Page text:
Pirates of the Caribbean

Russia’s Top Movies: May 2011

Published: May 30, 2011

Like most places in the world, Russia’s silver screens are dominated by Hollywood’s global blockbusters. Russia’s film industry has struggled with the financial crisis, but is also capable of producing films that can occasionally compete locally with the American machine. Once a month, SRAS provides a lineup of the top five movies in Russia by box office take—with the official Russian-language trailers from YouTube and, for those Russian films on the list, links to our Russian film site.

Below are films listed with their English and Russian titles (note that they differ sometimes), as well as how much the film has earned over the calendar month.


1. Пираты Карибского Моря: На Странных БерегахPirates of the Caribbean: On Stranger Tides—$49.7m

Once again, Johnny Depp has proven to be a powerful earner for movies released in Russia. The title here has been translated loosely—becoming “On Stranger Shores” in Russian.


2. Форсаж 5—The Fast and the Furious 5—$28.9m 

The Russian title translates to “afterburn”—a method of suddenly boosting the power of a motor and thus pushing up the speed of the vehicle. It is a more technical phrase, but does capture the meaning of the original title (and in a manner that is perhaps more elegant than the original).


3. РиоRio—$24.8m

Animated films often do well in Russia, even as dacha season starts to eat into box office profits. The same is true for this new film about love birds in Rio de Janeiero (Рио де Жанейро).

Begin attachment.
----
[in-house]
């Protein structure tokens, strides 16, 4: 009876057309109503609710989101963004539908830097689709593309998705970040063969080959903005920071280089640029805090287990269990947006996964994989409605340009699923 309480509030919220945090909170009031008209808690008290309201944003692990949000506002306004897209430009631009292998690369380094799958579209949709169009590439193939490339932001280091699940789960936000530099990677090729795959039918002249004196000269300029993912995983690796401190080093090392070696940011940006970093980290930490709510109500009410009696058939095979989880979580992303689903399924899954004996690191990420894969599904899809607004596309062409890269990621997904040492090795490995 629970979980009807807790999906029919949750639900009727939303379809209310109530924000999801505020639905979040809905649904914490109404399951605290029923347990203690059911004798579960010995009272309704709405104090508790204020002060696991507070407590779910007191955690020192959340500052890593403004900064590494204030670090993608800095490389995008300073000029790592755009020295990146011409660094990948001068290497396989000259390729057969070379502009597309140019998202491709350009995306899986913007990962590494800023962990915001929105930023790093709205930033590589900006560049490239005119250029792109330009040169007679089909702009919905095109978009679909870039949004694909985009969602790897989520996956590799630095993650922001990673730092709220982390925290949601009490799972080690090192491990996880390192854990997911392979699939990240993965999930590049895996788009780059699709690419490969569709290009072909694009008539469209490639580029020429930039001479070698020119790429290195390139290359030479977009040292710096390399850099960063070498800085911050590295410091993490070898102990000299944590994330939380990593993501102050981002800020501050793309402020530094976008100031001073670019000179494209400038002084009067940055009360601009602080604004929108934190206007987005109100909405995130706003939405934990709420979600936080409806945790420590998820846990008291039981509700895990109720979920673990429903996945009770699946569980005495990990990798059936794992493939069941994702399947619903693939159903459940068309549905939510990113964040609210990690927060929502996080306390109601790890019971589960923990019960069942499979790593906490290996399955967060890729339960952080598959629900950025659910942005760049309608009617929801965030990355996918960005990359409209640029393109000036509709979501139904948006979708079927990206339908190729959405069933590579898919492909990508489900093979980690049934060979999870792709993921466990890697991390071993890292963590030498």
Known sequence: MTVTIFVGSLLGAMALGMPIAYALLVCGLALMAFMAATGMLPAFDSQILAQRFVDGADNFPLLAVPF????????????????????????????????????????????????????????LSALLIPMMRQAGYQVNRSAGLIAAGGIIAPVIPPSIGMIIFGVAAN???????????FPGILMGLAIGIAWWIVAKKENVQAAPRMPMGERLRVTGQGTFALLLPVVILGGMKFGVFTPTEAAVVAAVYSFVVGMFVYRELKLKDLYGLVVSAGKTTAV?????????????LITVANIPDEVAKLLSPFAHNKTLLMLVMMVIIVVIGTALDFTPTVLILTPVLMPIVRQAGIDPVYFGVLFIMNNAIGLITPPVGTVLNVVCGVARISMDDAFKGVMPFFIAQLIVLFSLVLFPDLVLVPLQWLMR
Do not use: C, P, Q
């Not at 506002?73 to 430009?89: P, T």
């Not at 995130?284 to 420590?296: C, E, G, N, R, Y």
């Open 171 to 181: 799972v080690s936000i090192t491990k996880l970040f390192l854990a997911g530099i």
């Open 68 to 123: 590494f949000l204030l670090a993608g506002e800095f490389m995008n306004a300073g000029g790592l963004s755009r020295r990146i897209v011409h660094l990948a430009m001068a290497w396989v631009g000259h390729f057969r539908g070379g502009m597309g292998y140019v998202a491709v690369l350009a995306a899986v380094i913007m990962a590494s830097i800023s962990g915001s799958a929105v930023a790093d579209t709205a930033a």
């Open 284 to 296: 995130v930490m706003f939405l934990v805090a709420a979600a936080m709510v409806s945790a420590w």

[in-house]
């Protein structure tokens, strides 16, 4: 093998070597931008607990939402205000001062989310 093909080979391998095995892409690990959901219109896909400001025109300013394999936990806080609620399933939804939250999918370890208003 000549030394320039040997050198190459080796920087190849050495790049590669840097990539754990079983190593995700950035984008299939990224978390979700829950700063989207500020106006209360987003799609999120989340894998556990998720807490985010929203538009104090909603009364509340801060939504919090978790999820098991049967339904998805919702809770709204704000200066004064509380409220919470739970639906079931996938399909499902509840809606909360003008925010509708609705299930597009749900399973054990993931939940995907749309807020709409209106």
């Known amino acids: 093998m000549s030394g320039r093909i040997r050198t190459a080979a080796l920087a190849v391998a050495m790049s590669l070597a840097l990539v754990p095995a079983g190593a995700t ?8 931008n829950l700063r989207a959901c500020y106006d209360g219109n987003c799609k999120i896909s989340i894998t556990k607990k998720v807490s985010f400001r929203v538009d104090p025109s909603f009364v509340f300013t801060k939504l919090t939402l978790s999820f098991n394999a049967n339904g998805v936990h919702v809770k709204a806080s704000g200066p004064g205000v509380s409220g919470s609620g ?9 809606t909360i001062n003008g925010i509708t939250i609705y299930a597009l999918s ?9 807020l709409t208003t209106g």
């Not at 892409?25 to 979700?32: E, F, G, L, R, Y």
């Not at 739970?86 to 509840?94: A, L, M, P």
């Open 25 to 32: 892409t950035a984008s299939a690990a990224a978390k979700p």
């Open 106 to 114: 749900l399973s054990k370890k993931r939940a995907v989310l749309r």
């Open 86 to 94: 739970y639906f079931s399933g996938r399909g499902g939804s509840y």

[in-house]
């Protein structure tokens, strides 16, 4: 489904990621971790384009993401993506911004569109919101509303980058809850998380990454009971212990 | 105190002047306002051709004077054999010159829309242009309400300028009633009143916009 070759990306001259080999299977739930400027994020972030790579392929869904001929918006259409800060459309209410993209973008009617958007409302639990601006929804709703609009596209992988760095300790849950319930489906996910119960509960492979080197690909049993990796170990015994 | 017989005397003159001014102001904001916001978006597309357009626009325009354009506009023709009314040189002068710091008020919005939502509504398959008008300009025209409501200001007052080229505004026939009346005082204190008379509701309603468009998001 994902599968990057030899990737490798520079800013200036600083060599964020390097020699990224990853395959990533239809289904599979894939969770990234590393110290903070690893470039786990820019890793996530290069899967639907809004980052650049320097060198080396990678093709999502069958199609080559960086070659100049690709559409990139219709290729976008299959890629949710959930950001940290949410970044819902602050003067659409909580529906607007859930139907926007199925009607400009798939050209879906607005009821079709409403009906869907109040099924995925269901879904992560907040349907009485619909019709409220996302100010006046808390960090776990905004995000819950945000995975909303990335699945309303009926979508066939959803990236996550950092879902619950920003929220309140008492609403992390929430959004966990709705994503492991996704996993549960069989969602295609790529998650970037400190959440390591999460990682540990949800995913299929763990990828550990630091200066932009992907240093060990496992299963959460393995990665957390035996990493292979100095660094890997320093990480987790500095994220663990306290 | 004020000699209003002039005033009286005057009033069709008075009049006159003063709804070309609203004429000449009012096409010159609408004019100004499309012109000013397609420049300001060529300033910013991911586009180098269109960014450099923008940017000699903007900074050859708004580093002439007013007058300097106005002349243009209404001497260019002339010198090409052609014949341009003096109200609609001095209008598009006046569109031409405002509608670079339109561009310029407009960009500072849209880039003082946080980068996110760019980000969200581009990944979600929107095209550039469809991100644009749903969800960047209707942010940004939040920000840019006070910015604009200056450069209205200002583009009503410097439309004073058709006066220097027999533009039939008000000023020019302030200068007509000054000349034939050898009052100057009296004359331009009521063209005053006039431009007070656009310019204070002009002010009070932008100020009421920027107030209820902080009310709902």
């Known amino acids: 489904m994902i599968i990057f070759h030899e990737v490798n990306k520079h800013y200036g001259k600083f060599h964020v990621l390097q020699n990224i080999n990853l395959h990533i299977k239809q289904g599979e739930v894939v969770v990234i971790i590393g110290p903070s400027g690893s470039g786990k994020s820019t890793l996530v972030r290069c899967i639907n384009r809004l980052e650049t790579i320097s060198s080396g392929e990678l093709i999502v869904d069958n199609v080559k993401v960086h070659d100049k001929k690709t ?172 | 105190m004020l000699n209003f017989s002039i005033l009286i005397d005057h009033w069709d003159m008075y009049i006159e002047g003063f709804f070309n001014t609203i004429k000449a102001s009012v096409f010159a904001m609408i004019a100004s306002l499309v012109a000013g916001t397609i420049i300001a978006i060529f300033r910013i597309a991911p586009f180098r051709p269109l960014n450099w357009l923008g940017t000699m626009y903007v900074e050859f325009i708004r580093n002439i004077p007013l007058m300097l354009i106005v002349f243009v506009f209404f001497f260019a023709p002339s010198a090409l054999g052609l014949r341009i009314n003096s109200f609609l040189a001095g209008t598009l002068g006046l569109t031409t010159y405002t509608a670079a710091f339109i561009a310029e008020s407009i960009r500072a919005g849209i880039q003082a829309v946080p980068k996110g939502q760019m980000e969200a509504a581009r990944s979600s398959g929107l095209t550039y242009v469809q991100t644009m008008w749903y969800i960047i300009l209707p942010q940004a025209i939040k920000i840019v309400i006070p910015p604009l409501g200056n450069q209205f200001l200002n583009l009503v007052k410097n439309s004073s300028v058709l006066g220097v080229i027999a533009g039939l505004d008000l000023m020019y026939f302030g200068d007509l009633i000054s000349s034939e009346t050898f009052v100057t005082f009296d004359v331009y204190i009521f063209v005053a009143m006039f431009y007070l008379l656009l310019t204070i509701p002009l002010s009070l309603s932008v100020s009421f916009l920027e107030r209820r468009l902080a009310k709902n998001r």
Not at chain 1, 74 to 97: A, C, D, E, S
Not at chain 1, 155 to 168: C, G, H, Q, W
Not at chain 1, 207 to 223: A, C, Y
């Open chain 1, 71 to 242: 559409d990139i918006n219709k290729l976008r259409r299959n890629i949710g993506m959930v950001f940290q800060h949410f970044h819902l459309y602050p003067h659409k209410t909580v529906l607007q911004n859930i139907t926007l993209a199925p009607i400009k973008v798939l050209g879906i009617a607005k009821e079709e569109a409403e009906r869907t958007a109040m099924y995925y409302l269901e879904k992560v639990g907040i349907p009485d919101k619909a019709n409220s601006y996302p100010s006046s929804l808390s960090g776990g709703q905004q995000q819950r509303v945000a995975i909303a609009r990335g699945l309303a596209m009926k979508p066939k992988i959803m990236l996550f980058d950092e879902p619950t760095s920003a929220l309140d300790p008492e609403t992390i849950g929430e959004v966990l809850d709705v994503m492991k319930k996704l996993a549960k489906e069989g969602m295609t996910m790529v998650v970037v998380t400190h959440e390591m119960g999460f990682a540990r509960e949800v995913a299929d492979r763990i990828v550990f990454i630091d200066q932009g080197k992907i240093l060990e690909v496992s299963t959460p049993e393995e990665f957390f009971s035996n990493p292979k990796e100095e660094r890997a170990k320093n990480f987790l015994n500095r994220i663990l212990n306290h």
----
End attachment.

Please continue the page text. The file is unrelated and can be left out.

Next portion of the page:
4. ТорThor—$16.3m 

As Russians do not have the “th” sound in their language, the Norse god is known as simply “Tor” in Russian.


5.  Кунг-Фу Панда 2Kung Fu Panda 2—$14.9m

Cartoons are also always popular in Russia. Notice that “Кунг-Фу” is nearly identical to the English rendering of name for the Chinese martial art Kung Fu, except that Russian hyphenates the term. Russian also sometimes use the variation “гун-фу,” although not as often as as the version that is closer to the English (although the second version is closer to the original Chinese).

About the author

Josh Wilson

Josh has lived in Moscow since 2003, when he first arrived to study Russian with SRAS. He holds an M.A. in Theatre and a B.A. in History from Idaho State University, where his masters thesis was written on the political economy of Soviet-era censorship organs affecting the stage. At SRAS, Josh assists in program development and leads our Home and Abroad Programs. He is also the editor-in-chief for the SRAS newsletter, the SRAS Family of Sites, and Vestnik. He has previously served as Communications Director to Bellerage Alinga and has served as a consultant or translator to several businesses and organizations with interests in Russia.

Program attended: SRAS Staff Member

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